The stress is not only on the children to attend online classes attentively from home. What about helping kids finish their tasks or prepare for tests after classes?
4. Irregularities in the class schedule
During the lockdown, practically all schools, were simply doing online classes with no schedule or structure. The government had chosen a coin toss. The lack of preparation for a worse situation was visible at every stage.
Irregularities in class scheduling caused a significant distraction among the students. The sudden change in time, as well as the shifting educational style, served as a distraction rather than keeping them focused on the session.
5. Lack of knowledge about classroom management tools
Some schools do not provide online classes through Zoom or WhatsApp video calls. They completed their work using CRM tools that did not cause attendance tracking issues or irregular live classes. Instead, it posed a lack of expertise with classroom management tools.
There had been almost no previous training on how to use the tool’s numerous functions for various tasks. So, how do they use the same tool to pass on their knowledge to students or parents?
As a result, schools cannot promise parents that the online class setup will provide all of the benefits of a physical classroom environment. For example, both parents and teachers face space issues when conducting classes.
6. Motivation must be monitored.
Classrooms are specifically constructed to encourage learning, but bedrooms and kitchen tables are not. Those are comfort zones, and it might be difficult to switch into “school mode.”
Sustained motivation must be monitored. Because a teacher on the other end of a Zoom call is unable to do so, it is frequently left to the parent. It’s a lot for them to handle their job while also running the house (making sure everyone eats on time, and so on).
One of the most important things parents can do for their children is to create clear, measurable goals for them, and to do it regularly so that students have something to focus on. Check-in with them regularly to check if they are on track to meet their goals.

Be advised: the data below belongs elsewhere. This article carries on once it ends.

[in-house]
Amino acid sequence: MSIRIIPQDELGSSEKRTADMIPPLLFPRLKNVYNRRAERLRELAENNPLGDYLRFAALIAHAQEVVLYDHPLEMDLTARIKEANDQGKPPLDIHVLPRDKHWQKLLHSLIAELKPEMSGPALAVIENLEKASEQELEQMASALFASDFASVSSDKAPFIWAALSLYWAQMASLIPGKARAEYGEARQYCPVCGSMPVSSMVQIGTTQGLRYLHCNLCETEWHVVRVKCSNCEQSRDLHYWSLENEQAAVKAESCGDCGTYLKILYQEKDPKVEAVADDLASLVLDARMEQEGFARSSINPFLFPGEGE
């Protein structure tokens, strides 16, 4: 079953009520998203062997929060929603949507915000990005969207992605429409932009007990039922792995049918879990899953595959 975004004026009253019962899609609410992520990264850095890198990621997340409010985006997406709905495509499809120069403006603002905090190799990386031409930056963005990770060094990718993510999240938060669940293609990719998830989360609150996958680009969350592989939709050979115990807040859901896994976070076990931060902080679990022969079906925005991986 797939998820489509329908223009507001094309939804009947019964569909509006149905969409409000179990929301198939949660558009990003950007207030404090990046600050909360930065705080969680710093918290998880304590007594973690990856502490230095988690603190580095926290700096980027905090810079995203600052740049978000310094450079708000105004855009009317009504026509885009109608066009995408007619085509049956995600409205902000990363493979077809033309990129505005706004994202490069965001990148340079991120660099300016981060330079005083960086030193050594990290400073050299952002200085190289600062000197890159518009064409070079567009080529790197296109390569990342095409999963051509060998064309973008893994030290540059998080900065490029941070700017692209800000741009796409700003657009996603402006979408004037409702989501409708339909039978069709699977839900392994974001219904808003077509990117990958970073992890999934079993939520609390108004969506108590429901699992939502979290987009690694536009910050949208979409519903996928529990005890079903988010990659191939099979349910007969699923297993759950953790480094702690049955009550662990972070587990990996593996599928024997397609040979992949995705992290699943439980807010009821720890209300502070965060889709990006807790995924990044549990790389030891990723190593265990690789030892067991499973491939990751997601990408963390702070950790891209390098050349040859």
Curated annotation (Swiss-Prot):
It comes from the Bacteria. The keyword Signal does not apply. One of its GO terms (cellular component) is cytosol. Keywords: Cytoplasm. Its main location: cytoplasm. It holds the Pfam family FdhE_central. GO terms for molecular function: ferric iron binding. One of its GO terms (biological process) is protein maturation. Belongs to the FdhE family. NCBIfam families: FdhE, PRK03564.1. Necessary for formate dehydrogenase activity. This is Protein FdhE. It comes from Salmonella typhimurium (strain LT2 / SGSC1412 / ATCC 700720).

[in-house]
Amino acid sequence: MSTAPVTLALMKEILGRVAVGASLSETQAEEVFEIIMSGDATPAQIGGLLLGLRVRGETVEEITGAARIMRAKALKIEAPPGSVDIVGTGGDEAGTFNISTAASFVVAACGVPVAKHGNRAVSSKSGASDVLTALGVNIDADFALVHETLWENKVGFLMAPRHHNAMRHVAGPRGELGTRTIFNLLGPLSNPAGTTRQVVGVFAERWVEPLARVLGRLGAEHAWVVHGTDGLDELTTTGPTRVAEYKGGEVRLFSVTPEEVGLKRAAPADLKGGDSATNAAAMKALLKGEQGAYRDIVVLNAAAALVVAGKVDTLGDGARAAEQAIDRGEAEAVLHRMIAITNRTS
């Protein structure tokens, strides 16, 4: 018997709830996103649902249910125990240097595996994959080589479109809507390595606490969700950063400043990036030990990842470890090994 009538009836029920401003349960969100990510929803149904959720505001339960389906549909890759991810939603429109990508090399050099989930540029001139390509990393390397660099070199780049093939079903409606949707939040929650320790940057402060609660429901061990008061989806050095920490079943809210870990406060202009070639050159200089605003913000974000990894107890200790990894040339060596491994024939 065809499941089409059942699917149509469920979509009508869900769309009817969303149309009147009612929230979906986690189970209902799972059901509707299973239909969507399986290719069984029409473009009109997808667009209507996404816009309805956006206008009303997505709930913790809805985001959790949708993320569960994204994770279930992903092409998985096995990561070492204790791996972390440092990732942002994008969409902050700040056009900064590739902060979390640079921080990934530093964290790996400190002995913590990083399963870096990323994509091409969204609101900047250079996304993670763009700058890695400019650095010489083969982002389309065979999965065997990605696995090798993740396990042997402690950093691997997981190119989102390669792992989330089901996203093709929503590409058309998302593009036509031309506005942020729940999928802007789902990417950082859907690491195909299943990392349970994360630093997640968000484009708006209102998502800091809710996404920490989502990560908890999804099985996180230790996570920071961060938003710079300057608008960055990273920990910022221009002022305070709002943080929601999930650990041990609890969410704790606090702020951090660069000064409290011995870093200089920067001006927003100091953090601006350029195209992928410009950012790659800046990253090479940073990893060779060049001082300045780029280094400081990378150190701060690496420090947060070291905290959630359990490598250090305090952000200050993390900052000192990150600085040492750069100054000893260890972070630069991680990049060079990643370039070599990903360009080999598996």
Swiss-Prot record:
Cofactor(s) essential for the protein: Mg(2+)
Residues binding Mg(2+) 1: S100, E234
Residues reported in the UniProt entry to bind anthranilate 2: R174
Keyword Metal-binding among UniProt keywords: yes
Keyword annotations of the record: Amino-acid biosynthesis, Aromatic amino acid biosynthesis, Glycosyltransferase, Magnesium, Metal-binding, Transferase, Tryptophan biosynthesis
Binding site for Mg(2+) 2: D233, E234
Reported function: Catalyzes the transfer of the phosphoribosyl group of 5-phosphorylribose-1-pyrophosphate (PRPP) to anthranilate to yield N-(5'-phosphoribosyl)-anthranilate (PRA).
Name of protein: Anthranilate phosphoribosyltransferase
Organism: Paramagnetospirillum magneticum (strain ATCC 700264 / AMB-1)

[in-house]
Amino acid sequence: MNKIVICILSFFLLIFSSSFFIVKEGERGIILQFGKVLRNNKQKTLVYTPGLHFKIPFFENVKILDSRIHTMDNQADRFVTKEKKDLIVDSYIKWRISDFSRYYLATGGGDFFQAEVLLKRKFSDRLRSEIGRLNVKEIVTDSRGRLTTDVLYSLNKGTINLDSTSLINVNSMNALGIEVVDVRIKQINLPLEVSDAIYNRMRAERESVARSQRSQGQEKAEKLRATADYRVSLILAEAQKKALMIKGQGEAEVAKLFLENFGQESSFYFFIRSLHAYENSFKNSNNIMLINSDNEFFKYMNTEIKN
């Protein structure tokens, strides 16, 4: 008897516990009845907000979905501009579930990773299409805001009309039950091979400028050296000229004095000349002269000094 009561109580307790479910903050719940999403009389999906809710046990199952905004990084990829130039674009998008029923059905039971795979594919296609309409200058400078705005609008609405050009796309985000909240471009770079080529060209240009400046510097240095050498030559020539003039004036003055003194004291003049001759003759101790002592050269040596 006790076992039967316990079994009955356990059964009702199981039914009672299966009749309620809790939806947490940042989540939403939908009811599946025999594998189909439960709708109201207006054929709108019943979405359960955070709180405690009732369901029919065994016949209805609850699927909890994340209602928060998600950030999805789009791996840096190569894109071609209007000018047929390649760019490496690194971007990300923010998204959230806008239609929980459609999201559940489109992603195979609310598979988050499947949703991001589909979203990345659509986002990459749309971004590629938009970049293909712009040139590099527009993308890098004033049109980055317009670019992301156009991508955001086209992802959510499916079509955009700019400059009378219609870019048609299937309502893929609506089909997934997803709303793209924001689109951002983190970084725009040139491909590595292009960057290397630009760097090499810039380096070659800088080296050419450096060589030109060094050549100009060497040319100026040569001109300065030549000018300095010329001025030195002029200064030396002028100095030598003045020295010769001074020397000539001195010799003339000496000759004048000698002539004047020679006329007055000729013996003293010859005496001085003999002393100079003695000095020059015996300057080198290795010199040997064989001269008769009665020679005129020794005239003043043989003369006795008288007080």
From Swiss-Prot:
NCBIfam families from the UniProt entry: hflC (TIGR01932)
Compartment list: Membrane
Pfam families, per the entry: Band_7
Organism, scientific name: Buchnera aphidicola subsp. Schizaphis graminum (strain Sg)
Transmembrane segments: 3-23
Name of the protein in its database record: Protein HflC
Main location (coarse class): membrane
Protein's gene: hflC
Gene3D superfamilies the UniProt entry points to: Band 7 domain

For students, teachers, and parents, online learning is different, unfamiliar, and new. It is especially tough for students in lower grades. Parents of these young learners frequently spend the majority of their time helping their children navigate platforms, helping them with assignments, and explaining the curriculum.
This is true for working-from-home parents, but what about children whose parents go to work? What can these parents do to assist their children? They will need to find additional time, concentration, and focus to help their children learn and master the subjects through online learning. Those parents who lack IT skills face additional challenges and must seek support from family, friends, colleagues, etc.
Parents and students from vulnerable communities confront additional challenges because many do not have the financial resources to give their children a computer or smartphone to attend online classes.
Tate, T., & Warschauer, M. (2022). Equity in online learning. Educational Psychologist, 1-15.
HWD, 2021. Time Management Tips. Online available at < https://www.helpwithdissertation.co.uk/blog/time-management-tips/>